- Title: Famine killing tens of thousands in Boko Haram region - U.N.
- Date: 30th September 2016
- Summary: GENEVA, SWITZERLAND (SEPTEMBER 30, 2016) (REUTERS) (SOUNDBITE) (English) U.N. REGIONAL HUMANITARIAN COORDINATOR FOR THE SAHEL, TOBY LANZER, SAYING: "I know it's difficult, there are many crises, but if we do not engage in a much more comprehensive manner, including scaling up our emergency relief programmes, what awaits us down the line is the biggest crisis facing any of us anywhere."
- Embargoed: 15th October 2016 14:55
- Keywords: Boko Haram Nigeria Africa United Nations famine starvation conflict children MSF UNICEF
- Location: GENEVA, SWITZERLAND / BAMA, BORNO STATE & BANKI, NIGERIA
- City: GENEVA, SWITZERLAND / BAMA, BORNO STATE & BANKI, NIGERIA
- Country: Switzerland
- Topics: United Nations
- Reuters ID: LVA00551RDYRR
- Aspect Ratio: 16:9
- Story Text: Tens of thousands of people are dying of hunger in the area of West Africa where Boko Haram militants are active, the U.N. humanitarian coordinator for the region told a news conference on Friday (September 30).
About 65,000 people are in a "catastrophe" or "phase 5" situation, according to a food security assessment by the IPC, the recognised classification system on declaring famines.
Phase 5 applies when, even with humanitarian assistance, "starvation, death and destitution" are evident.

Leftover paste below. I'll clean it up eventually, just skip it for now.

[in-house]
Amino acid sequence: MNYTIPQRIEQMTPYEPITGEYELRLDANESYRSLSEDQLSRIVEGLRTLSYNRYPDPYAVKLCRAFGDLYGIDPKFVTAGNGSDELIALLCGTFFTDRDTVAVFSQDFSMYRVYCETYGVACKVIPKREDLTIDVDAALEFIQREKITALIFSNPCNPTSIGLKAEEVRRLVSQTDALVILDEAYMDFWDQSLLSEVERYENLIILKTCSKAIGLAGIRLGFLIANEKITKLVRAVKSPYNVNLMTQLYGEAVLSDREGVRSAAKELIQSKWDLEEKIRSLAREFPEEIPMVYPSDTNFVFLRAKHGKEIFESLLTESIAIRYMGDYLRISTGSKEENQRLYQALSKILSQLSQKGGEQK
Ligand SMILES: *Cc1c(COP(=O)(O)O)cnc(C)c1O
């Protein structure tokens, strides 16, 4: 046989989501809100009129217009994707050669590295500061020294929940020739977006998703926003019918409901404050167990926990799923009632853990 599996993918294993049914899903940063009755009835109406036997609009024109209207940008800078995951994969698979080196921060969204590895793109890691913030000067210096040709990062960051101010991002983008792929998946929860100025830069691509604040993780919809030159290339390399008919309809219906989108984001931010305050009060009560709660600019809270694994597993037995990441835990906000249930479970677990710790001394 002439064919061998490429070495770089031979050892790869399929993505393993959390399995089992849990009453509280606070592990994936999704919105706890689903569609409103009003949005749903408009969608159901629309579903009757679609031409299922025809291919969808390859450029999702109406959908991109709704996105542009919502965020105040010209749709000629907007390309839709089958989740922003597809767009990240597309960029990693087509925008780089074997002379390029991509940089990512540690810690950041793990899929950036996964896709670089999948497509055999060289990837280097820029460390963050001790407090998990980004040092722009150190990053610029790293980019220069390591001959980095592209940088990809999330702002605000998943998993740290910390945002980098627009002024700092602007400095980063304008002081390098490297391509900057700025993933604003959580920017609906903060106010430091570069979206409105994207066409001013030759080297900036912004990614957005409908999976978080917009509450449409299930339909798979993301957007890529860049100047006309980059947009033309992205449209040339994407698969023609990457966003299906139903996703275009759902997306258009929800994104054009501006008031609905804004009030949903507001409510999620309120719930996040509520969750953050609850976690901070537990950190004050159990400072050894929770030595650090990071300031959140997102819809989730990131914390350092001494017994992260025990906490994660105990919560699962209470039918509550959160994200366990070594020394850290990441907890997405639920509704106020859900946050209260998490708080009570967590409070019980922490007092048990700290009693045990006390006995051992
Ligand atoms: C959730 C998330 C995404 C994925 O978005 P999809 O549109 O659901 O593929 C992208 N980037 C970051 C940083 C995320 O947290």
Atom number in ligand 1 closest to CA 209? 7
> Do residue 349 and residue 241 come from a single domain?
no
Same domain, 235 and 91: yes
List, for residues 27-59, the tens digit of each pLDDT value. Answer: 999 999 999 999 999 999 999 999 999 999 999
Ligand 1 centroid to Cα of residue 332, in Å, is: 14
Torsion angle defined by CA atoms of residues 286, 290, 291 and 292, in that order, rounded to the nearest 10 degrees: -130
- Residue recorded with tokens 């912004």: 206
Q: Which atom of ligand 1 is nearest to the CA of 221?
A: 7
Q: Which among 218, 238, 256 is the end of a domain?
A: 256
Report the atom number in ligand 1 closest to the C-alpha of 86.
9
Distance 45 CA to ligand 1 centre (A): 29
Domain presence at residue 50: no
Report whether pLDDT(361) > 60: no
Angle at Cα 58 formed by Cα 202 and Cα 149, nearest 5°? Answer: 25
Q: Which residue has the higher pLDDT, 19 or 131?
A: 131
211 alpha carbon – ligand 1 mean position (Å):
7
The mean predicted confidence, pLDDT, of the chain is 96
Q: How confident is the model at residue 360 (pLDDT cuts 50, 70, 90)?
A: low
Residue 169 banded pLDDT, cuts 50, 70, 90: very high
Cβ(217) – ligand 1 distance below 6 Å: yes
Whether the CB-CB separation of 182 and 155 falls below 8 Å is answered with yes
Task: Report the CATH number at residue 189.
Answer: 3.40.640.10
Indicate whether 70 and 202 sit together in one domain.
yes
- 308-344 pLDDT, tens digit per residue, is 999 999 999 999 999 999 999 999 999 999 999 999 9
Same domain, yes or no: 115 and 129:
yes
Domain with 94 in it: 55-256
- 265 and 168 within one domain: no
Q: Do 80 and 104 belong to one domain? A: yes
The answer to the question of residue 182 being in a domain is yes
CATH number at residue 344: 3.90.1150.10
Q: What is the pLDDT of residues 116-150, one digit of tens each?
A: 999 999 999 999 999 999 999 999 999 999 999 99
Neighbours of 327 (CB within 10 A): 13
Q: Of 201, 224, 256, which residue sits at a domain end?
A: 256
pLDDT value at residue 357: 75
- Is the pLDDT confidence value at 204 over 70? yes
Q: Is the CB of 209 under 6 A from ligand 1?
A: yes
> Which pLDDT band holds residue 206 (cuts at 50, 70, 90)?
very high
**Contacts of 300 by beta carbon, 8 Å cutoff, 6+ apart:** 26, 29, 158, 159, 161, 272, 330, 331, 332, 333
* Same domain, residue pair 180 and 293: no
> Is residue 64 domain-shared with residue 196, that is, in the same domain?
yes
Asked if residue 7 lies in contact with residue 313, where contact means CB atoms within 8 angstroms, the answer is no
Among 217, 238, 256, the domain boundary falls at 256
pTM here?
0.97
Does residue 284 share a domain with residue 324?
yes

Boko Haram militants have killed about 15,000 people and displaced more than 2 million in a seven-year insurgency and they still launch deadly attacks despite having been pushed out of the vast swathes of territory they controlled in 2014.
In August UNICEF said nearly half a million children around Lake Chad are likely to suffer "severe acute malnutrition" due to drought and insurgency Boko Haram.
Of those, 49,000 people in Nigeria's Borno state, Boko Haram's heartland, will die this year if they do not receive treatment, according to the United Nations' child agency, which is appealing for $308 million to cope with the crisis.
"Maybe as many as 80,000 children, will die, in the Northeast of Nigeria, unless we can reach them with very specialised therapeutic food," U.N. humanitarian coordinator for the Sahel, Toby Lanzer, said.
In Borno, nearly two thirds of hospitals and clinics had been partially or completely destroyed and three-quarters of water and sanitation facilities needed to be rehabilitated, the UNICEF report added.
Despite the military gains, 2.2 million people remained trapped in areas under the control of Boko Haram, which is trying to establish a mediaeval caliphate in the southern reaches of the Sahara.
One aid agency reported back from the Nigerian town of Bama that its staff had counted the graves of about 430 children who had died of hunger in the past few weeks, Lanzer said.
With millions more short of food in northern Nigerian and regions of the adjoining countries, the situation could get much worse, and could turn into the "biggest crisis facing any of us anywhere", he said.
Across the Lake Chad region, more than 6 million people are described as "severely food insecure", including 4.5 million in Nigeria, he said.
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